4. Create a list of “key” SELM papers or resources as base for introduction to this space.
  5. Recruit interested members to SIG
  6. Creation of a Sustainable Engineering Leadership and Management Institute Workshop

Membership Communication and Resources:

  1. General communication through email to those that are in the SIG
    1. Purpose – formal communication
  2. Repository of papers and other materials in CEEA SIG shared Google Drive.
    1. Purpose – resources for members – what should we create?
  3. Interactive Communication – Zoom
    1. Purpose – Chairs and/or members to host “monthly” sessions.
  4. Ad-hoc communication – WhatsApp
    1. Purpose – connect in real time to activity

1.1.1 Profile of co-chairs

Marnie Jamieson, MSc

Marnie V. Jamieson, B.Sc., M. Sc., Ph.D. (Chemical Engineering), P.Eng. (Alberta) is a Teaching Professor in the Department of Chemical and Materials Engineering at the University of Alberta, and holds the William and Elizabeth Magee Chair in Chemical Engineering Design. In her current role, she designs, teaches and coordinates the chemical process design and first year design courses in a blended and experiential learning environment. She leads the first year and process design teaching teams, including mentoring and developing a large group of graduate teaching assistants. She managed and was a key contributor to a two-year pilot project to introduce Blended Learning into Engineering Capstone Design Courses. She introduced the ongoing process design program improvement process, and has extended this work to the development and design of the first-year design course. Dr. Jamieson also mentors the University of Alberta Engineering and Commerce Case Competition team and actively engages students in interdisciplinary initiatives between business and engineering including internal case competitions and an undergraduate interdisciplinary course.

She is a Fellow of the Canadian Engineering Education Association (CEEA-ACÉG) and a founding member of the Institute for Effective Engineering Teaching and Engineering Education Research. She currently teaches and develops engineering education research workshops. She has developed and led national and international workshops to teach professors about metacognition, lifelong learning, teaching process design, assessment and accreditation, and process design course construction and implementation, most recently teaching in Peru and Egypt.

She focuses her mixed methods research on the applications of metacognition, innovation, leadership, sustainability and graduate attributes to engineering design. She has an ongoing interest in learning culture, engineering identity development, student engagement and diversity, equity and inclusion. She has co-authored a number of journal articles, book chapters, and conference contributions. She has co-chaired multiple engineering education sessions and workshops at the Canadian Chemical Engineering Conference and the Canadian Engineering Education Society. She is a regular presenter at these conferences and the American Society for Engineer Engineering Education. She continues to teach, lead, and manage the chemical and first year design programs, now recognized as related and focus courses for the Certificate in Sustainability at the University of Alberta with the support of an engaged community of practice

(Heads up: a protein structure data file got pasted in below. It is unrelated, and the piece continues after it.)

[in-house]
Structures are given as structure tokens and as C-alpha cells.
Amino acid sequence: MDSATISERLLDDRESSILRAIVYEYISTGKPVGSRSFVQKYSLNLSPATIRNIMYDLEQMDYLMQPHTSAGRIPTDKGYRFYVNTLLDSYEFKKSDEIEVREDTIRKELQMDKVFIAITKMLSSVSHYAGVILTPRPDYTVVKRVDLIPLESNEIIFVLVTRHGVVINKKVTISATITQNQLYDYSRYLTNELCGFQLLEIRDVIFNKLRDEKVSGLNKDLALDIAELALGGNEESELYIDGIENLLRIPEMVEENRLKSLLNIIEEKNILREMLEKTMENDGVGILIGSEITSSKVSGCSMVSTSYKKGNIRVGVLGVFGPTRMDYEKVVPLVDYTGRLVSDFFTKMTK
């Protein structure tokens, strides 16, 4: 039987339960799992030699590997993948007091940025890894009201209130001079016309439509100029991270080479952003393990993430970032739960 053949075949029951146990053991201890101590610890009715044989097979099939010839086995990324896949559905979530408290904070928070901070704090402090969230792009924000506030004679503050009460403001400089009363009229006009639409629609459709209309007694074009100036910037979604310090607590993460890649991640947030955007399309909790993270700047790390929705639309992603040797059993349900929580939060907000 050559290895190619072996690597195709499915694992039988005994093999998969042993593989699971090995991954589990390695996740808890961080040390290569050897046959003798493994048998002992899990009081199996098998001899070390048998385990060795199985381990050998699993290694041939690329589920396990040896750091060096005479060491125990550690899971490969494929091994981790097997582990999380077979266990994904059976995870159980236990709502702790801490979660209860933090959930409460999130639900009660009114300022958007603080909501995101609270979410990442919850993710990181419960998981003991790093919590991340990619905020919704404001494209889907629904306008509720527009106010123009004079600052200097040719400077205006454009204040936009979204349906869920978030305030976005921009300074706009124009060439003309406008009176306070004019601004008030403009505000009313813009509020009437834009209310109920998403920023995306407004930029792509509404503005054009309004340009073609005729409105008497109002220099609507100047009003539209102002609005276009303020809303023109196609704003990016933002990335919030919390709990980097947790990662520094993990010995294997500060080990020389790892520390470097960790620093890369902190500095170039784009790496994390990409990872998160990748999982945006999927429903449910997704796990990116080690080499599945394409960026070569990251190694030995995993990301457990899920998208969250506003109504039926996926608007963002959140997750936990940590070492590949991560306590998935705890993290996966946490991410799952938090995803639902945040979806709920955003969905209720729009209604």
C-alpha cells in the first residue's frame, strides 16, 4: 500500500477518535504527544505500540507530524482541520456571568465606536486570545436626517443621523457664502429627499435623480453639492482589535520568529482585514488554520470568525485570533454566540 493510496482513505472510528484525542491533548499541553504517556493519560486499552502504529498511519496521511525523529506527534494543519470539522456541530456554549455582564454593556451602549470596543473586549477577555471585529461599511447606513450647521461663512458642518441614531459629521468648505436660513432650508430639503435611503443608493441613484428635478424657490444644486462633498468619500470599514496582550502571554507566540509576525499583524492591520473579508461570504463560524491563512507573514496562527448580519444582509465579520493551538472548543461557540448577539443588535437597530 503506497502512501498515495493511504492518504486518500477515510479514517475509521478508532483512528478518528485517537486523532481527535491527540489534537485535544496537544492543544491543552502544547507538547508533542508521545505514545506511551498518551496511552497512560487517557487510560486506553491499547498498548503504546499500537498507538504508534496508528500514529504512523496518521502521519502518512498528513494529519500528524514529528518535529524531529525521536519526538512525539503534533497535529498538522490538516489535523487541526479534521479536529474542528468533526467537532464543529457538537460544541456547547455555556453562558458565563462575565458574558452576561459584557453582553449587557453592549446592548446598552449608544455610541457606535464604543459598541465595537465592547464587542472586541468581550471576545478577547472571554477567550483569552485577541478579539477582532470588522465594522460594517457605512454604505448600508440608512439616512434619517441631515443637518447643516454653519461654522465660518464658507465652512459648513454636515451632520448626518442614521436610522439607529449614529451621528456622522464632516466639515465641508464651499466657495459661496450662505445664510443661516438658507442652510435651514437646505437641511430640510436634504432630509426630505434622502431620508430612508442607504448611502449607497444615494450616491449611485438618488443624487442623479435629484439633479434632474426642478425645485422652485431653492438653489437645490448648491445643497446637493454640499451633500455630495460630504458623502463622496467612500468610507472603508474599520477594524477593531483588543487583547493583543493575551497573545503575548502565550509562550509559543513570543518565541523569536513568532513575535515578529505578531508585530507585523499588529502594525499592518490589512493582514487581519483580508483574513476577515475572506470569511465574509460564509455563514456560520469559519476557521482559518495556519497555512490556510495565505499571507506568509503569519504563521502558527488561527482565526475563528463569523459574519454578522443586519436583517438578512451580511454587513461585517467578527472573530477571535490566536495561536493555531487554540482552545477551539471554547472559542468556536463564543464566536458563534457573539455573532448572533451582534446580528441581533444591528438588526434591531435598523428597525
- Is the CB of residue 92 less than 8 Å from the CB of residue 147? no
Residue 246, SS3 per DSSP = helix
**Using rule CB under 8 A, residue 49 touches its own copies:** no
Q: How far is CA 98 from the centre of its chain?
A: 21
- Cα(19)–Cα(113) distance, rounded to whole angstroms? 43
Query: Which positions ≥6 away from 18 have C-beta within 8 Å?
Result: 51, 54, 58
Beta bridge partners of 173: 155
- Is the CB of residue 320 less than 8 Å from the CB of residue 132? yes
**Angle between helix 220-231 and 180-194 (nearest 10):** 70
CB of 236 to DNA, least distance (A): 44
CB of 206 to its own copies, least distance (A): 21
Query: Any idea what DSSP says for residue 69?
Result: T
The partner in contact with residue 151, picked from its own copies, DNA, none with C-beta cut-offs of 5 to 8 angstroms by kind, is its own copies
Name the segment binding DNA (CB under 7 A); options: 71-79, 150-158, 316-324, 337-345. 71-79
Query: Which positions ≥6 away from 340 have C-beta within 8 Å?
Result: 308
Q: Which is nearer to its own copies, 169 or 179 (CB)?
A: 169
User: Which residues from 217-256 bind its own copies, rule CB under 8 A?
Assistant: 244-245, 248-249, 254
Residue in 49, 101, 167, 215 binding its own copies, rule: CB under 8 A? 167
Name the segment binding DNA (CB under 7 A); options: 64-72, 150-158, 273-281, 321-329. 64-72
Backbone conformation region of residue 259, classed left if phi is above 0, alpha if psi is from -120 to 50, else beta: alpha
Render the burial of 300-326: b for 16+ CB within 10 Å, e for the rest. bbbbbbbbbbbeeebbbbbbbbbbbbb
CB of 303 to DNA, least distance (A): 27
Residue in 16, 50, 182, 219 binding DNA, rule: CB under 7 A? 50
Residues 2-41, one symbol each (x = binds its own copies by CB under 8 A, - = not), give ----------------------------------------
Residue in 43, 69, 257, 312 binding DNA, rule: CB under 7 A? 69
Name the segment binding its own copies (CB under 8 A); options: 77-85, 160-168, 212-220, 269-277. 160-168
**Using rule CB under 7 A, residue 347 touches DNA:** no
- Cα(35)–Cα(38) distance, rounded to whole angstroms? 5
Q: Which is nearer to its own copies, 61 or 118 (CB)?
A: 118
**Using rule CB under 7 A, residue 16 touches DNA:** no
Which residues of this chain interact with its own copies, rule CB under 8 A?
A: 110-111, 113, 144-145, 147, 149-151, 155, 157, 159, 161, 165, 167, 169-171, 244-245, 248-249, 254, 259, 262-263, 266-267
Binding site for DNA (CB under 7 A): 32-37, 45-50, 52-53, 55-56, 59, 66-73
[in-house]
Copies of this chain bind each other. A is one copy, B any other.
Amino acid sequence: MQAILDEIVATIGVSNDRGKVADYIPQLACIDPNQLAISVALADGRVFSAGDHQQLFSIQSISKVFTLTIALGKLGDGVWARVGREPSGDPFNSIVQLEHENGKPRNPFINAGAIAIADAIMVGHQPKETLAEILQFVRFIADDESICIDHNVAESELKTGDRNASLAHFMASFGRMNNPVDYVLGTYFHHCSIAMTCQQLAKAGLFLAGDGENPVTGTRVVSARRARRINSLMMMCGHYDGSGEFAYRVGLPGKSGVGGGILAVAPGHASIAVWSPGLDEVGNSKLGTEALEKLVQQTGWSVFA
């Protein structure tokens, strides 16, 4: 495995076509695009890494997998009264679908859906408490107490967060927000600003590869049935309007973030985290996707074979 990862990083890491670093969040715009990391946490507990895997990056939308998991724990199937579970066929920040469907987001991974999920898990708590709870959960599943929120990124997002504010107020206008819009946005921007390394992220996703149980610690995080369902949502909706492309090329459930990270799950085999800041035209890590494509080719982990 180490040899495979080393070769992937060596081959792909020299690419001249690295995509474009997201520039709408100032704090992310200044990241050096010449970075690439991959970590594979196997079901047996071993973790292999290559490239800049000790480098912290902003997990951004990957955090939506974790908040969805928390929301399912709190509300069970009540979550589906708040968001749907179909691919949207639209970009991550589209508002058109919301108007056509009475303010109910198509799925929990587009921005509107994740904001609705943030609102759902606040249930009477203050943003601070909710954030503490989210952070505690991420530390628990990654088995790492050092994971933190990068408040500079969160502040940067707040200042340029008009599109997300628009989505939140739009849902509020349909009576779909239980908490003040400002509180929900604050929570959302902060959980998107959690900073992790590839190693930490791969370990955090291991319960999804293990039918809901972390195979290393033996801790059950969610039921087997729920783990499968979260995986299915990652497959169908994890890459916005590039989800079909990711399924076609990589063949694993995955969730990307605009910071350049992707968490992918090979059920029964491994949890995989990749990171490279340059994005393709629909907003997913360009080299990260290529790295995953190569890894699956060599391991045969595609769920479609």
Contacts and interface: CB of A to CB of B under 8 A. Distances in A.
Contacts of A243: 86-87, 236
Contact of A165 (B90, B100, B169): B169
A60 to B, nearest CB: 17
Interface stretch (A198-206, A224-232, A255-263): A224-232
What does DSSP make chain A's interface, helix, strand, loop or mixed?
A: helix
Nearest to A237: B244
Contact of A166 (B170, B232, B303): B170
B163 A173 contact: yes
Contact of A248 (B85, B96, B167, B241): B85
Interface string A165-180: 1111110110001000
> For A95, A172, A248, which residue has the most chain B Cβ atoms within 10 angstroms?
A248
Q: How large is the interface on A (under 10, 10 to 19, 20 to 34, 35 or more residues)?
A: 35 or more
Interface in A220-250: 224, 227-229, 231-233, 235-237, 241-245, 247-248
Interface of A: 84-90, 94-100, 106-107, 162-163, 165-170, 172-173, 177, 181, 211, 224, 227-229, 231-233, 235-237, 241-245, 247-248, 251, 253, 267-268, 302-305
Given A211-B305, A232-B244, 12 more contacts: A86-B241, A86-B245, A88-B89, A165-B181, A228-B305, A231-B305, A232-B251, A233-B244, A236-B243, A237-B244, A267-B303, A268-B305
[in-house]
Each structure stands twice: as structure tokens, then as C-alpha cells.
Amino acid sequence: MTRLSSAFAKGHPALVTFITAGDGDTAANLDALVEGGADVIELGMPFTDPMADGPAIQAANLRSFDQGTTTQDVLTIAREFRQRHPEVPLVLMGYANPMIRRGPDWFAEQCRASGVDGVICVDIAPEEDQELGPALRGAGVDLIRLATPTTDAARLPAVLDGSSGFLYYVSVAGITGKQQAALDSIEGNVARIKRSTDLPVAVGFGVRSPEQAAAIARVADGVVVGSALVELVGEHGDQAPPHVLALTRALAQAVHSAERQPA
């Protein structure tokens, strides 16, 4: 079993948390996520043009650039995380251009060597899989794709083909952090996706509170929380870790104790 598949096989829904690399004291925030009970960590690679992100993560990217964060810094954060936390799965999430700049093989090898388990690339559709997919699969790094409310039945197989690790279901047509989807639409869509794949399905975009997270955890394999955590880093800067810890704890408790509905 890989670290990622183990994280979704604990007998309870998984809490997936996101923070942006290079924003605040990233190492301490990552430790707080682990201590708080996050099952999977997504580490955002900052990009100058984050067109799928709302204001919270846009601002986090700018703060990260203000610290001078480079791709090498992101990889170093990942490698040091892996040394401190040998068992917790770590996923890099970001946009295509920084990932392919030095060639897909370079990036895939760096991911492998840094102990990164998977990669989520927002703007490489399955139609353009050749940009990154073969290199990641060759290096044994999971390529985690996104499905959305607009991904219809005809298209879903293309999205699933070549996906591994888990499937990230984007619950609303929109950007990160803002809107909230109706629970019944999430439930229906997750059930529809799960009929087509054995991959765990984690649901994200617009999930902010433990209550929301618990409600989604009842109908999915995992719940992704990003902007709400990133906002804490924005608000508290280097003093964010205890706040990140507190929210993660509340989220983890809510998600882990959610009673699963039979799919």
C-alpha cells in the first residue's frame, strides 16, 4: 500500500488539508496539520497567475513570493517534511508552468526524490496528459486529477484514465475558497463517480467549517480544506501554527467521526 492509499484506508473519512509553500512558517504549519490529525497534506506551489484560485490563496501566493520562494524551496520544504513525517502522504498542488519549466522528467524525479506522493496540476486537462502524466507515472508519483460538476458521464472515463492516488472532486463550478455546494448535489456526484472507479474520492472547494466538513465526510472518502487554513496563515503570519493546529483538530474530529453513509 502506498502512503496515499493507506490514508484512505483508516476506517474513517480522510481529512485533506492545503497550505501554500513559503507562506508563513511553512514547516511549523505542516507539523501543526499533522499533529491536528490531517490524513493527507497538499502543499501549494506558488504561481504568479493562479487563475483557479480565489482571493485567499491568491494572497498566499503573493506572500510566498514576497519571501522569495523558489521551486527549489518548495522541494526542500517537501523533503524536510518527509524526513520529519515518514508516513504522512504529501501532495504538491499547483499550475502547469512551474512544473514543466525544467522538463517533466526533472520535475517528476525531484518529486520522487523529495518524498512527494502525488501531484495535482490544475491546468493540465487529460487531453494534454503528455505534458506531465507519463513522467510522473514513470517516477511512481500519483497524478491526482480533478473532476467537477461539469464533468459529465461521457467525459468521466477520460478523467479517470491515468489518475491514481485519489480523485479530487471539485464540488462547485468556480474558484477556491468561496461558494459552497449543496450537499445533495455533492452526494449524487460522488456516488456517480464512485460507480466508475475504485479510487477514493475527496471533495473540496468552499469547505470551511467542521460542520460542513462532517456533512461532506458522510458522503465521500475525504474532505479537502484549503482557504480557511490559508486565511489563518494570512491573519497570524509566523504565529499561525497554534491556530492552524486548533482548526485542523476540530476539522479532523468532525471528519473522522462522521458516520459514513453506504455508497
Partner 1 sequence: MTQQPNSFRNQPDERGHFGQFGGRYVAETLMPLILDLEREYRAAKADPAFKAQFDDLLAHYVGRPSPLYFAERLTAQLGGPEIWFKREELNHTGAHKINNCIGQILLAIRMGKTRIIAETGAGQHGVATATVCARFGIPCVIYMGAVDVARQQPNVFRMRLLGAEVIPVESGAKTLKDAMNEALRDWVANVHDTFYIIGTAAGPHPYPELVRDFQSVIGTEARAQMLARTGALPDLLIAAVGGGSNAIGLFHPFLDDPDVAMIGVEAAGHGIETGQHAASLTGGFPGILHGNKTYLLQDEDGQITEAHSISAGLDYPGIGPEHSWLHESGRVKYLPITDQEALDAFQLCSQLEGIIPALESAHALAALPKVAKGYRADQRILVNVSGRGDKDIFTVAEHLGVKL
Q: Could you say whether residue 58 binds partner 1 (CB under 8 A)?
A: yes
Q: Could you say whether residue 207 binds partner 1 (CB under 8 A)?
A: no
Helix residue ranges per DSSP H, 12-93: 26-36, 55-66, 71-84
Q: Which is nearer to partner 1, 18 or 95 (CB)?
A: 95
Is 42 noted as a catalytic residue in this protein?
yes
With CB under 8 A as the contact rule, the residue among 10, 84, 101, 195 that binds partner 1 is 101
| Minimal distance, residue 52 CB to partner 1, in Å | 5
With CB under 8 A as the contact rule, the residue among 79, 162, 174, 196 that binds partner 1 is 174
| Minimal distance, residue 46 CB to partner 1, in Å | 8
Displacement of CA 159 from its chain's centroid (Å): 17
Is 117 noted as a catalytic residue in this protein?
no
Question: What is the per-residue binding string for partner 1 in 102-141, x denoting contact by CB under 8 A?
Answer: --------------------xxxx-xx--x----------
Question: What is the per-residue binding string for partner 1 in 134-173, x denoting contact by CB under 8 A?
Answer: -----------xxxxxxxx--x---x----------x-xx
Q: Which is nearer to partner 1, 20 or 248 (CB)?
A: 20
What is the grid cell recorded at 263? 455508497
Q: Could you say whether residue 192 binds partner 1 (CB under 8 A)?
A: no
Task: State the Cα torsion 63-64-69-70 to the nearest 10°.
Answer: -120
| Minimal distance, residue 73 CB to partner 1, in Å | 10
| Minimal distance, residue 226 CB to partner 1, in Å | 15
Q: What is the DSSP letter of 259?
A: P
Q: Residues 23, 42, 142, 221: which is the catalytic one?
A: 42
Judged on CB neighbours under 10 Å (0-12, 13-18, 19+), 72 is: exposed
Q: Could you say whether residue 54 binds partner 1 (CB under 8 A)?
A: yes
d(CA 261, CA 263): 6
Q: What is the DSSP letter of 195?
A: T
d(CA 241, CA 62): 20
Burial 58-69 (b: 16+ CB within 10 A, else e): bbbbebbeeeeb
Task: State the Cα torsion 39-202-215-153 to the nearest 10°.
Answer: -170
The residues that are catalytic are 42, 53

John Donald, PhD, PEng.

Professor Donald holds a Ph.D. in Civil Engineering (1993) with a focus on Water Resources Engineering and received his professional engineering designation (P.Eng.) in 1994. He has ten years of industry experience as an engineer and senior manager, including seven years at an international environmental engineering consulting firm, and three years with information technology startups.

His 19+ years of experience in academia include ten years in executive appointments in Ontario Colleges in roles such as Dean of Engineering and Information Technology, Vice-President of Business Development, Applied Research and External Relations, and Vice President of Community and Business Development.

Professor Donald has been an Associate Professor in the University of Guelph School of Engineering since 2013, and have led a wide variety of activities to support maximizing the potential of engineers to both lead and support society.  This includes activities such as teaching interdisciplinary undergraduate engineering design courses; teaching engineering leadership graduate courses, serving as President of the Canadian Engineering Education Association (2017-18), organizing national conferences on Engineering Accreditation and engaging in scholarly activity in the areas of engineering leadership, engineering accreditation, and teaching and learning in engineering.